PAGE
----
Tulsa World on older form of Mass – YEEHAH!

An interesting take on the older form of Mass is found on Tulsa World.com in a story by Michael Overall.  As usual, my emphases and comments.

Reinstated Latin Mass will reduce nonsense

by: MICHAEL OVERALL World Staff Writer
7/23/2007

One priest wore an orange wig with a red clown nose and performed magic tricks during the homily.  [Okay… in medias res, is it?  I’m engaged.] In another video, people brought their pets to church for a K-9 Mass, where dogs surrounded the altar while the priest consecrated the Sacred Host.

Don’t throw pearls before swine, the Bible tells us. But it doesn’t say anything about Labrador retrievers.

Thank God, I’ve never seen this kind of silliness in my own church, but only on YouTube, where traditionalist Catholics have put together a "Hall of Shame" for liturgical abuse.

Another video shows several parishioners leaving in disgust as a nun — at least, allegedly a nun — dances down the aisle in a leopard-print leotard.

I wouldn’t have walked out of that service. I would’ve run. God doesn’t send down hellfire and brimstone often, but when it comes, it comes fast.

Ecumenical foolishness: Buffoonery, of course, is not a uniquely Catholic sin. I was backstage once at a non-denominational "worship center."

The word "church," you know, sounds too churchy. We have convention centers and sports centers and shopping centers, so why not "worship centers?"

The stage hands wore headsets to get cues from a director in the sound booth.

"Spot lights on three . . . two . . . one. Now the smoke machine!"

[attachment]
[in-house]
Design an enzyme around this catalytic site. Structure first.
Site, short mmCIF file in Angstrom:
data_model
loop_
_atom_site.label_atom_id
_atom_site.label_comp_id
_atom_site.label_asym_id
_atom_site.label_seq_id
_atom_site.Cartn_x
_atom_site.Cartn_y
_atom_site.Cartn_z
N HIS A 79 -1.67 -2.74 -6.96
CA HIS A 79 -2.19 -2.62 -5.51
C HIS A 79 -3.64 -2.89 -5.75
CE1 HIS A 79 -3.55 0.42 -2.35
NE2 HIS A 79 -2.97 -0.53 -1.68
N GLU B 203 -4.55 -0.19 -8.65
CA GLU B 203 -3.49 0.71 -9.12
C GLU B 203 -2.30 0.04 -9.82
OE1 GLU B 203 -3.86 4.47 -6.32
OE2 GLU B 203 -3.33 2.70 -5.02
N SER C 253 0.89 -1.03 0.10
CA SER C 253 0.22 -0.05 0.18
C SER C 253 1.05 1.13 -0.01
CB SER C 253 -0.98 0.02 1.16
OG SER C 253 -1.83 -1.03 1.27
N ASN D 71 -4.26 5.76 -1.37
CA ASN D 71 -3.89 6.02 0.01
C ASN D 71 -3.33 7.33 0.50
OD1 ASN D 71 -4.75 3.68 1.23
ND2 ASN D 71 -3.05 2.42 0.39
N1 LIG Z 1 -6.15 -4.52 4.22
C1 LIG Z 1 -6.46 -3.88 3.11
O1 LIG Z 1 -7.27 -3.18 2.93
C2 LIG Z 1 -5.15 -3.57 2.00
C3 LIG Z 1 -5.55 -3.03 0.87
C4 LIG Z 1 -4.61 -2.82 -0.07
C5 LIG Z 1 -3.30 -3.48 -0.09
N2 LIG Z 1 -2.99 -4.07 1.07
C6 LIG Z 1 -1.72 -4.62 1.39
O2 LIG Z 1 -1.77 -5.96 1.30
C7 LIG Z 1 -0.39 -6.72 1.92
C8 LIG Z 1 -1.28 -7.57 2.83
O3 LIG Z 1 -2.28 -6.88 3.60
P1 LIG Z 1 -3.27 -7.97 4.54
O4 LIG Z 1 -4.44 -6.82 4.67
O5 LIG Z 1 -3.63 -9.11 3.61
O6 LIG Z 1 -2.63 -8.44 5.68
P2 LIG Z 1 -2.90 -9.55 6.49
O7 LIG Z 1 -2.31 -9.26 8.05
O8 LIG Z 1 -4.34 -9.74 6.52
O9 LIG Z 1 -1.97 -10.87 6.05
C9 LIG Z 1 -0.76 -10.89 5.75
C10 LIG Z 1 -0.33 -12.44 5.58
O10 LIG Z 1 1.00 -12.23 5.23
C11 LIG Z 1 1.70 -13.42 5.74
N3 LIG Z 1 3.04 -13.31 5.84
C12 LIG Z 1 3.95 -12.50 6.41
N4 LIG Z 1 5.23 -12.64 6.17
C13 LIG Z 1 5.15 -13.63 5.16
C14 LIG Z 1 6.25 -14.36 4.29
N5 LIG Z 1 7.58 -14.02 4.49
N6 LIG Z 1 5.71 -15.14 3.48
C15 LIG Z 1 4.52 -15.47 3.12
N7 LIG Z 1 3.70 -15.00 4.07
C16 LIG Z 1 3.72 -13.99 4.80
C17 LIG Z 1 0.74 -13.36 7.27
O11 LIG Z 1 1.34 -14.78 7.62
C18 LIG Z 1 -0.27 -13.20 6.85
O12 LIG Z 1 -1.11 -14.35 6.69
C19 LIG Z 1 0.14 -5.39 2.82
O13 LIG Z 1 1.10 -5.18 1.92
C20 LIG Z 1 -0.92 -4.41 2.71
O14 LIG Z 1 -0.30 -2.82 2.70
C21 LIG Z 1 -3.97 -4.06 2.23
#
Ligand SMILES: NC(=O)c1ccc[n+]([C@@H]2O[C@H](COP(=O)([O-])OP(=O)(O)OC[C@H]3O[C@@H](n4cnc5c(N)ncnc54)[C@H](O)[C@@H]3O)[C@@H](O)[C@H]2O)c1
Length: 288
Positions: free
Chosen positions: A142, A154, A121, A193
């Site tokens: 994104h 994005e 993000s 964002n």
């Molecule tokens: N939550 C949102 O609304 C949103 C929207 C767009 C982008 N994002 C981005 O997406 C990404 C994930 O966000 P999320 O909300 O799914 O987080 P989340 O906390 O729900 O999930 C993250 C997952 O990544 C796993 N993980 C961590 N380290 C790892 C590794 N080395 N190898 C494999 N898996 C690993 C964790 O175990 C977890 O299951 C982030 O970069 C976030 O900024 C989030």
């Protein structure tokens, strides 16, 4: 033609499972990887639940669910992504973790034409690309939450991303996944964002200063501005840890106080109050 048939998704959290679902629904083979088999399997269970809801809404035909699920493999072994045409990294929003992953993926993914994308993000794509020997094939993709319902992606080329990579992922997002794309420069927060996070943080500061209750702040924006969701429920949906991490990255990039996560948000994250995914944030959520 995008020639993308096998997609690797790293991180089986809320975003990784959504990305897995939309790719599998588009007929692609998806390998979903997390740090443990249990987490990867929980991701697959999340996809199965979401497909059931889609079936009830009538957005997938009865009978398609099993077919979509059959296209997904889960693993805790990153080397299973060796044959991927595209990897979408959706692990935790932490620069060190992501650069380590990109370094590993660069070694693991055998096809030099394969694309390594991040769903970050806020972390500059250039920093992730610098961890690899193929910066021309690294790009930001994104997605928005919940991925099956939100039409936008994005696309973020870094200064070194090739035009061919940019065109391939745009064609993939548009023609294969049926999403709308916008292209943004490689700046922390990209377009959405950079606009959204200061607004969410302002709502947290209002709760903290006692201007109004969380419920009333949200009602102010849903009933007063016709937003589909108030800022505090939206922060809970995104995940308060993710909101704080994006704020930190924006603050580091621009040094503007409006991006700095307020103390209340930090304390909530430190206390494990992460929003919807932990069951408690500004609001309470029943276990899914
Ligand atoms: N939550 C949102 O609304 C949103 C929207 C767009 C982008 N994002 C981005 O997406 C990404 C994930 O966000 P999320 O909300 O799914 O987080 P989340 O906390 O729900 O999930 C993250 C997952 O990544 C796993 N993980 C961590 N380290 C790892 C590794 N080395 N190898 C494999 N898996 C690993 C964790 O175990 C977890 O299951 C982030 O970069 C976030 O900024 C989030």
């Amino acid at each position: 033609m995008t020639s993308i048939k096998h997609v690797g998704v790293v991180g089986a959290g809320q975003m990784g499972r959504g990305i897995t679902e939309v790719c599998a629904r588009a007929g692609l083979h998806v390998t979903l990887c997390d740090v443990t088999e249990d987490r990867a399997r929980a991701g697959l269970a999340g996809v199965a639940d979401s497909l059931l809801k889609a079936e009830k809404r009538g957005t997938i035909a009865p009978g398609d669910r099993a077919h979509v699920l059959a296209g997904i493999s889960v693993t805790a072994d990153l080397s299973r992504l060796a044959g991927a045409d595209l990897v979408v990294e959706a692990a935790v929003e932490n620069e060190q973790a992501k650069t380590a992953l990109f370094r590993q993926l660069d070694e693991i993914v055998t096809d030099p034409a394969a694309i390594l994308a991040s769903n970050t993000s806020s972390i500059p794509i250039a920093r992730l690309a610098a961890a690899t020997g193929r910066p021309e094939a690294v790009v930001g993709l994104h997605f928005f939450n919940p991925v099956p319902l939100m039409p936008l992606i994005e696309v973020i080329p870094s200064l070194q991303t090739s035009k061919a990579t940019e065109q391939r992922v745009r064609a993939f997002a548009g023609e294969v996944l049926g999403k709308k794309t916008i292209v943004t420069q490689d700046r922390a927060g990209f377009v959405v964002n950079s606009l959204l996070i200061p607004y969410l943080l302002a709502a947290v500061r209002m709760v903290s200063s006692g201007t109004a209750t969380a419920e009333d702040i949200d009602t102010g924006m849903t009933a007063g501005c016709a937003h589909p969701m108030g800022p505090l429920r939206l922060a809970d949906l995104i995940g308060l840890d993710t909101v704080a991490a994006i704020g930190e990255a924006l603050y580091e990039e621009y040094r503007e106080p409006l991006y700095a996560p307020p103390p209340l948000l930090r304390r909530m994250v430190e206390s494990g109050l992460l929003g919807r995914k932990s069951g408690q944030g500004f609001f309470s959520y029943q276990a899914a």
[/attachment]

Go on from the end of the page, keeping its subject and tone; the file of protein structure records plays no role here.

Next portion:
It was like Jesus on Broadway. Or more like Jesus in Branson, Mo. "America’s Got Talent," and so does the congregation.

Did the disciples give a standing ovation after the Sermon on the Mount? Did St. Paul use dry ice when he preached to the Corinthians?

But I was never more tempted to leave a church service than in Waco, Texas, where I lived after college. New in town, I went to the parish nearest my apartment, and I didn’t notice the sign out front was in Spanish.  [Here we go!]

Mass is an interactive ritual — the priest speaks; you respond.

It helps to know the language.  [Got your attention yet?]

I could’ve slipped discreetly out the door. But the mysterious beauty of the service — a modern Mass, but celebrated with old-fashioned solemnity — kept me in the pew.  [HUH??  What about… about… understanding the language?]

This must have been something like going to church before the reforms of Vatican II, when you could understand what was happening even if you couldn’t understand the words.  [Threw a curve, didn’t he?]

The fragile wisp of incense. Sunlight filtered through stained-glass. A hushed reverence as the priest lifts the bread over his head. The silence broken by a crystal-clear bell to announce that Christ himself has come to us.

I didn’t need to hear it in English. I knew to get on my knees.  [There is a lot of foolishness out there on the part of the left that people must (nearly under threat of force) understand every word.  They forget that Mass is a mystery.  Understading that… that it is a mystery is the biggest step.  Understanding the words?  What if you are deaf and blind?  What if you don’t know the language?  What if you are, well… not too bright or not very well educated?  You can still understand the mystery.  Do people need to know every word?  Just start asking after Mass what the Second Reading was.]